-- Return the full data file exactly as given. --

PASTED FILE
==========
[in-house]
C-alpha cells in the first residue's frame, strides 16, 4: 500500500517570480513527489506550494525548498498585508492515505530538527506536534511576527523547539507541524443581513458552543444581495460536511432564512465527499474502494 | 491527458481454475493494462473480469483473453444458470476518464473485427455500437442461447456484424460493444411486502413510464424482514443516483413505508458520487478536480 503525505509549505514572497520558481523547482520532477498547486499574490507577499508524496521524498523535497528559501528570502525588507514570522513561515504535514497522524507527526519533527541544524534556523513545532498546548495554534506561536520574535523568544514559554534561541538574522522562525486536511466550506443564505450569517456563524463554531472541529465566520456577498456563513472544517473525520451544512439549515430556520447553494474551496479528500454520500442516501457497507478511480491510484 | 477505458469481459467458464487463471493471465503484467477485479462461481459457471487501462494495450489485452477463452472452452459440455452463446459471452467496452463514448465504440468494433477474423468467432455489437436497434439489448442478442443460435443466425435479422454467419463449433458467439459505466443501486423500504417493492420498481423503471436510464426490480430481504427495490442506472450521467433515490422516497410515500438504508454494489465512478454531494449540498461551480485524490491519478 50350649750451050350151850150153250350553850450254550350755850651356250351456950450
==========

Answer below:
[in-house]
C-alpha cells in the first residue's frame, strides 16, 4: 500500500517570480513527489506550494525548498498585508492515505530538527506536534511576527523547539507541524443581513458552543444581495460536511432564512465527499474502494 | 491527458481454475493494462473480469483473453444458470476518464473485427455500437442461447456484424460493444411486502413510464424482514443516483413505508458520487478536480 503525505509549505514572497520558481523547482520532477498547486499574490507577499508524496521524498523535497528559501528570502525588507514570522513561515504535514497522524507527526519533527541544524534556523513545532498546548495554534506561536520574535523568544514559554534561541538574522522562525486536511466550506443564505450569517456563524463554531472541529465566520456577498456563513472544517473525520451544512439549515430556520447553494474551496479528500454520500442516501457497507478511480491510484 | 477505458469481459467458464487463471493471465503484467477485479462461481459457471487501462494495450489485452477463452472452452459440455452463446459471452467496452463514448465504440468494433477474423468467432455489437436497434439489448442478442443460435443466425435479422454467419463449433458467439459505466443501486423500504417493492420498481423503471436510464426490480430481504427495490442506472450521467433515490422516497410515500438504508454494489465512478454531494449540498461551480485524490491519478 50350649750451050350151850150153250350553850450254550350755850651356250351456950450